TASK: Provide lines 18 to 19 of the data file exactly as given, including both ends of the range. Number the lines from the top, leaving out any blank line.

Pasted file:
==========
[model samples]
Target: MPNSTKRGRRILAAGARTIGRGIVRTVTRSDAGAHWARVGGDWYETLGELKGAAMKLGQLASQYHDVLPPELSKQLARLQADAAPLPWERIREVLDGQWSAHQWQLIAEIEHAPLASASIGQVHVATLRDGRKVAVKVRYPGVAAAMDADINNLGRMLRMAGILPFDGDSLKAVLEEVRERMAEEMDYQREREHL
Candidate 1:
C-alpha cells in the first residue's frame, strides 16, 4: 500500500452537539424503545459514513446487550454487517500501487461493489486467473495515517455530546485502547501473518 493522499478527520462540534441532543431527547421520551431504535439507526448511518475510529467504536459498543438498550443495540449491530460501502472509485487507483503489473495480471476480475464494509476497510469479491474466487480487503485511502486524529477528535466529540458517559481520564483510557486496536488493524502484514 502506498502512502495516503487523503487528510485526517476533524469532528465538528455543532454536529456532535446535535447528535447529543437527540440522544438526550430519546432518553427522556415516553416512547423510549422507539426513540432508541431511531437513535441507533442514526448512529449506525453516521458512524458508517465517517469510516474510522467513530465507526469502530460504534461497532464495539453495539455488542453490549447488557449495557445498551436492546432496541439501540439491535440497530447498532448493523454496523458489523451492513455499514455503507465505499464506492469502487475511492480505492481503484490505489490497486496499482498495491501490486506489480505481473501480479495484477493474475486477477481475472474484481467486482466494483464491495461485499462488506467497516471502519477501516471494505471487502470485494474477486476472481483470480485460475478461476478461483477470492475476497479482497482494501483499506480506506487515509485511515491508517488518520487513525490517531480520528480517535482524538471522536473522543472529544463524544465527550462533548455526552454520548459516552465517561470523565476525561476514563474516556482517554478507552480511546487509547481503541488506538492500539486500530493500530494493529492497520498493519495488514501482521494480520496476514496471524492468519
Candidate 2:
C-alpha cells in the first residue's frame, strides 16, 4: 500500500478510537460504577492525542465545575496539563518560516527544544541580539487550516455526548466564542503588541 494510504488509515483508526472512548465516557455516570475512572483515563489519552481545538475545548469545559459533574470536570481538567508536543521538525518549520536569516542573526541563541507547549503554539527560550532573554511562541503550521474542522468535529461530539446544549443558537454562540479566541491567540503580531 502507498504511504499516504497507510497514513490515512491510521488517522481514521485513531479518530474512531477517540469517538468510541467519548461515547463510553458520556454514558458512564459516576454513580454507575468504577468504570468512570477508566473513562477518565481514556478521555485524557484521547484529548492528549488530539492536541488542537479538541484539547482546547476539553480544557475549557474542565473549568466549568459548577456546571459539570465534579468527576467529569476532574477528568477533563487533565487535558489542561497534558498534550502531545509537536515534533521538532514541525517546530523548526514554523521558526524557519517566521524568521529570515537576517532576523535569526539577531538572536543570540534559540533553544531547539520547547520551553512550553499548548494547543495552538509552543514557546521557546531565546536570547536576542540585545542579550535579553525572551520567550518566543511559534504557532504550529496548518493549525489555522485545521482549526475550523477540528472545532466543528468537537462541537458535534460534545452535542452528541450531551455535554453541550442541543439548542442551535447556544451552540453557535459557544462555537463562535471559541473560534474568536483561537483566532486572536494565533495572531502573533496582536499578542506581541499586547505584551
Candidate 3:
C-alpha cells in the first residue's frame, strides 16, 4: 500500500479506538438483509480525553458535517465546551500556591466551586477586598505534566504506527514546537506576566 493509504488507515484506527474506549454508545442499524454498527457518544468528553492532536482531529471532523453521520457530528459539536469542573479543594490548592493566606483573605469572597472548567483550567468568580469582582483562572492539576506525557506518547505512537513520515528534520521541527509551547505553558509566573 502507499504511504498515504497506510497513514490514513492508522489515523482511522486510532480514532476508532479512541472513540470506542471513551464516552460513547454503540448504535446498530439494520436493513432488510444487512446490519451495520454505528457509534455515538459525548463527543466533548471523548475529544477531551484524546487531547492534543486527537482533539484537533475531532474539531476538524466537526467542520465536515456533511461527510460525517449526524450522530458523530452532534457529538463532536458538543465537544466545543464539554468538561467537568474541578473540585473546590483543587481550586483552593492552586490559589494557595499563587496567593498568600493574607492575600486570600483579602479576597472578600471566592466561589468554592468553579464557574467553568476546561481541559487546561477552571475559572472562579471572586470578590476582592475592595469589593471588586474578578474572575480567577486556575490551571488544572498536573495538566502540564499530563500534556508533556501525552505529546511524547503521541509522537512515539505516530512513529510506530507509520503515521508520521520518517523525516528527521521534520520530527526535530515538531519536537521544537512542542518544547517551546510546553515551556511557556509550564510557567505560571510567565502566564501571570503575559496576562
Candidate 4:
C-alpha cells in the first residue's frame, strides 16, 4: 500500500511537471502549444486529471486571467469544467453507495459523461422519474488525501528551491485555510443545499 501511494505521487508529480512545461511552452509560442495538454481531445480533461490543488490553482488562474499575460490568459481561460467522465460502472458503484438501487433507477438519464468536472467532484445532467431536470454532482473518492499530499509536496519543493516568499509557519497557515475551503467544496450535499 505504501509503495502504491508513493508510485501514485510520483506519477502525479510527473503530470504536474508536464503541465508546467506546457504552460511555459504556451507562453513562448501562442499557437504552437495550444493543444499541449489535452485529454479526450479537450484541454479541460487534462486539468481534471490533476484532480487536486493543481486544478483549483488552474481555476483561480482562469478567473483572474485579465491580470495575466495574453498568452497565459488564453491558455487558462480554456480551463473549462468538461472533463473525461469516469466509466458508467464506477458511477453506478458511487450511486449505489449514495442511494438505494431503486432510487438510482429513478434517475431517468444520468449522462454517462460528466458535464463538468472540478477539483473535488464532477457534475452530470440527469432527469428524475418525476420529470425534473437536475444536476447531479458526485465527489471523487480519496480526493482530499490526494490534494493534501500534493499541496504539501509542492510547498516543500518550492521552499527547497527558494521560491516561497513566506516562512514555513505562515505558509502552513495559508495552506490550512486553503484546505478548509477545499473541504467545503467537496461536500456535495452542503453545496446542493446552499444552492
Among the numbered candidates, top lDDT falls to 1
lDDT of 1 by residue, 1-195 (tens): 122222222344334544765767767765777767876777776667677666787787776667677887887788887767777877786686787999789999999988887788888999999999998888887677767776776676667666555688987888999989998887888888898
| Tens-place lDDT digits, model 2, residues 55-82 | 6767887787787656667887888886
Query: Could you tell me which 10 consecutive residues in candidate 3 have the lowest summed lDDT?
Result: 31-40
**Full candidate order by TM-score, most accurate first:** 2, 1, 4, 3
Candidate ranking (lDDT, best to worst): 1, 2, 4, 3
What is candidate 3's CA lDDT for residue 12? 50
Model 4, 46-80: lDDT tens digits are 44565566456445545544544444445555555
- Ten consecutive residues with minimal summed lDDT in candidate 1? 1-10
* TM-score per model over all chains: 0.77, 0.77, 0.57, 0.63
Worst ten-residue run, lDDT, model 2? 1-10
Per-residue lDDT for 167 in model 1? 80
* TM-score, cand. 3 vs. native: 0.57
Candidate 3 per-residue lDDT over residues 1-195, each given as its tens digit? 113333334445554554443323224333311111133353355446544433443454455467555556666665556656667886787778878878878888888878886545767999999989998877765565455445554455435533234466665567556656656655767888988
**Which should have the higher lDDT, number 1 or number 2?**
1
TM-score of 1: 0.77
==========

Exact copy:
What is candidate 3's CA lDDT for residue 12? 50
Model 4, 46-80: lDDT tens digits are 44565566456445545544544444445555555